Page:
City councilors this week approved a budget transfer to pay that expense, but not without lamenting the situation.
“It’s just a shame that the building is sitting there vacant,” Councilor Don Martin said.
The city has put out two requests for proposals for the building over the years but hasn’t received a good offer, Dunn told councilors. He said the city will try again in the next three or four months.
Who says kids don’t walk to school anymore?
More than 150 students from Centerville School did just that recently as part of National Walk to School Day.
School nurse Joyce Prior and a committee of parent volunteers developed the event through a partnership with the Massachusetts Safe Routes to School Program.
The program encourages walking by providing safe “walking school bus” routes where students can meet and walk in a group with parent volunteers.
“It’s a fun and social way to encourage more families to walk to school,” Centerville Principal Karla Pressman said.
Pressman said the school hopes to have more walk-to-school days, not just once a year.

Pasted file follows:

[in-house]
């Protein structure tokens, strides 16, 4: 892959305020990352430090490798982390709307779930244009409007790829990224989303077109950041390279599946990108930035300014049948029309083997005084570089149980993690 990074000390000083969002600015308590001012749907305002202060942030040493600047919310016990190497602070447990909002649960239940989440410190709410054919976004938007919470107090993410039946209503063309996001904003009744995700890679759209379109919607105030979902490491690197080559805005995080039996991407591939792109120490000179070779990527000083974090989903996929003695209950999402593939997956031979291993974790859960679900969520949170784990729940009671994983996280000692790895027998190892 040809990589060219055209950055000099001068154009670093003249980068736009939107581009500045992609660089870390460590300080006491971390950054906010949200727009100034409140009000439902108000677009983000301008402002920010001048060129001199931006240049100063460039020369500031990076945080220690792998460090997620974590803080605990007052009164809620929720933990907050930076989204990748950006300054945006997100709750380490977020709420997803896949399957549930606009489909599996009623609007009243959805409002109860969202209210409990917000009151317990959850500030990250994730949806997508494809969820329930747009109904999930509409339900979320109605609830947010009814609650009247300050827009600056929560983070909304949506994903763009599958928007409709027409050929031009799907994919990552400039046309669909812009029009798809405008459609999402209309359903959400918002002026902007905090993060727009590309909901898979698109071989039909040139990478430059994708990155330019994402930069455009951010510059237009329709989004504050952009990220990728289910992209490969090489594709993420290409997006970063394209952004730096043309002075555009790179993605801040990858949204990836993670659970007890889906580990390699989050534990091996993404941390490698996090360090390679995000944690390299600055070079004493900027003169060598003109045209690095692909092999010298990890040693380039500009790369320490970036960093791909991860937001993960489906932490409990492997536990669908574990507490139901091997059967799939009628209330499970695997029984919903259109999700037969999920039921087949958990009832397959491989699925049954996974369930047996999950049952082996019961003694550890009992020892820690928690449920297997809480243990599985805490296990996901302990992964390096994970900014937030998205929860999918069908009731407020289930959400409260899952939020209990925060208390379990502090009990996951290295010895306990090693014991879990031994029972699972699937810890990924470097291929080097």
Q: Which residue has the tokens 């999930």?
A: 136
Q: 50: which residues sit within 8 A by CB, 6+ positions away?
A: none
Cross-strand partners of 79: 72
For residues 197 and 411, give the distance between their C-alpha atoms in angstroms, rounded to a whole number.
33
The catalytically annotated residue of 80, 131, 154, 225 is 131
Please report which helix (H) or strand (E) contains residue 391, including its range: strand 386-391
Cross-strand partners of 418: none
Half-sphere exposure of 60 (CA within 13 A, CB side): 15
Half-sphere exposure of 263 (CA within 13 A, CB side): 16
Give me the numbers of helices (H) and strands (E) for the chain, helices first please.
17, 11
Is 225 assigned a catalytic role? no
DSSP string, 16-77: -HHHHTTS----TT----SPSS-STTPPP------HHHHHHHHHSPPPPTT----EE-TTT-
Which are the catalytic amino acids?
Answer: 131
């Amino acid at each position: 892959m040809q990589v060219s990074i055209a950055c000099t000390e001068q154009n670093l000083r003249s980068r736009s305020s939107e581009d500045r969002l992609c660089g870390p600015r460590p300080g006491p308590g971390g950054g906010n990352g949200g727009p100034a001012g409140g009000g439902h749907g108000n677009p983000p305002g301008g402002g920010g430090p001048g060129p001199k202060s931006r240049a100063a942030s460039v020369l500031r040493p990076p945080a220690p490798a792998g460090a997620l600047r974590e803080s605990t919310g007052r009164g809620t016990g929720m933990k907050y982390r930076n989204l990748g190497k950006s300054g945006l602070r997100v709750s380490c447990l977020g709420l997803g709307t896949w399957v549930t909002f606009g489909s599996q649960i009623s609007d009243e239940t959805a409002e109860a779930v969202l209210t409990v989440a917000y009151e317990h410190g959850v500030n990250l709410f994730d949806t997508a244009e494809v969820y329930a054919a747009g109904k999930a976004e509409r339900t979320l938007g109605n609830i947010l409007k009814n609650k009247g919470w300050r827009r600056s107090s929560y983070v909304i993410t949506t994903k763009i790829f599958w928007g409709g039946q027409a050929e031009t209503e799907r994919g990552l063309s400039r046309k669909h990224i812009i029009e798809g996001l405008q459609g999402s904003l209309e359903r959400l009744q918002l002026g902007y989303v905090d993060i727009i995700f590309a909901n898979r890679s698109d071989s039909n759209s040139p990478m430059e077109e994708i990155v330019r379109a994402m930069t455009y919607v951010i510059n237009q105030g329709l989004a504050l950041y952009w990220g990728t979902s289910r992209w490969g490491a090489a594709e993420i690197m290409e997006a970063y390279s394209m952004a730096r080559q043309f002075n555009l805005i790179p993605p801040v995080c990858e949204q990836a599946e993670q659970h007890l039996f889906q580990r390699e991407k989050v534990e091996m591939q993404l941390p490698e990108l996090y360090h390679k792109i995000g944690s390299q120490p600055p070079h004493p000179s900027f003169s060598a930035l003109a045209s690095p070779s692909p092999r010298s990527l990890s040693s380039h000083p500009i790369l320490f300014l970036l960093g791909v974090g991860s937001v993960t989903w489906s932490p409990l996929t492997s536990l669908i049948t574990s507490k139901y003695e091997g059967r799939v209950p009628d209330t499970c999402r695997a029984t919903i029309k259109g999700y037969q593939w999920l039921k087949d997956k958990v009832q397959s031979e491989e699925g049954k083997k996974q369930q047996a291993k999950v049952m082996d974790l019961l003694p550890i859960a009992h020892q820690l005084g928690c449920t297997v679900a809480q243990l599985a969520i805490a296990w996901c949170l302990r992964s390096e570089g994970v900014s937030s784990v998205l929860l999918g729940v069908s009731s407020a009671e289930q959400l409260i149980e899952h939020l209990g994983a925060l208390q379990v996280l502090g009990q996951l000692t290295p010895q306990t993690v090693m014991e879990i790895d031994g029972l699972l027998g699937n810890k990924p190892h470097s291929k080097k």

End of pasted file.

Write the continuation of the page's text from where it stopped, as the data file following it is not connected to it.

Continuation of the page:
Age is relative. That’s one takeaway from Monday’s City Council meeting.
First there was Scott Dullea, who at 33 is the youngest councilor, saying he felt old next to Jon Powers, the teen director for the Greater Beverly YMCA, during a recent event at the McPherson Youth Center.
“They look at me and I’m like the old one, but you’re still cool,” Dullea told Powers.
“I think you’re still cool,” Powers responded.
A couple of hours later Dullea was announcing he won’t run for re-election and saying he hopes a young person gets in the race.
To which veteran councilor Maureen Troubetaris replied, “Does this mean I can’t run for the seat?”
Staff writer Paul Leighton can be reached at 978-338-2675 or email@example.com.